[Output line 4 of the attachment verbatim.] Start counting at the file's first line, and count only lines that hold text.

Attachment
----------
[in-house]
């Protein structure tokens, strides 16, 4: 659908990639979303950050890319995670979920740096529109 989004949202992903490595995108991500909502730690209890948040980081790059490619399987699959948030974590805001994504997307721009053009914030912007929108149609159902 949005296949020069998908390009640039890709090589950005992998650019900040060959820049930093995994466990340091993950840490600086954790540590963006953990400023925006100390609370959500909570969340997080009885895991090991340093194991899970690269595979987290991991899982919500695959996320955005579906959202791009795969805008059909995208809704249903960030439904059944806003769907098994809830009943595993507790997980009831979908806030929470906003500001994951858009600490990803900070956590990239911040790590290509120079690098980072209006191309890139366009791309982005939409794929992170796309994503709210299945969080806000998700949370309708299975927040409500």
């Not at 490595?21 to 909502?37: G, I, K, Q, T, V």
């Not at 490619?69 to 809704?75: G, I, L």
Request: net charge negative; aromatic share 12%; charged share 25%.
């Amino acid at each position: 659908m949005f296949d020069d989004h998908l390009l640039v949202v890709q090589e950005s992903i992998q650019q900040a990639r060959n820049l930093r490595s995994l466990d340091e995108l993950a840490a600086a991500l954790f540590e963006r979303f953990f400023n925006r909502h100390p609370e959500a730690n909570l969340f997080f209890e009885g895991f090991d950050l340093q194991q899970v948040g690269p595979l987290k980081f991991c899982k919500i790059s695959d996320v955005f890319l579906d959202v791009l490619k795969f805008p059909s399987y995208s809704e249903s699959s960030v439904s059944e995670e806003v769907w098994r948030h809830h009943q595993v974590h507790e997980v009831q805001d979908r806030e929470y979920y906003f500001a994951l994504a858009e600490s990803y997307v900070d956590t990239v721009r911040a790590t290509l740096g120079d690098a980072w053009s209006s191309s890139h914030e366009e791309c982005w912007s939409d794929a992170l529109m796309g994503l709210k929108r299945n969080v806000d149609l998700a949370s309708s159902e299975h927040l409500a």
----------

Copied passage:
């Not at 490619?69 to 809704?75: G, I, L």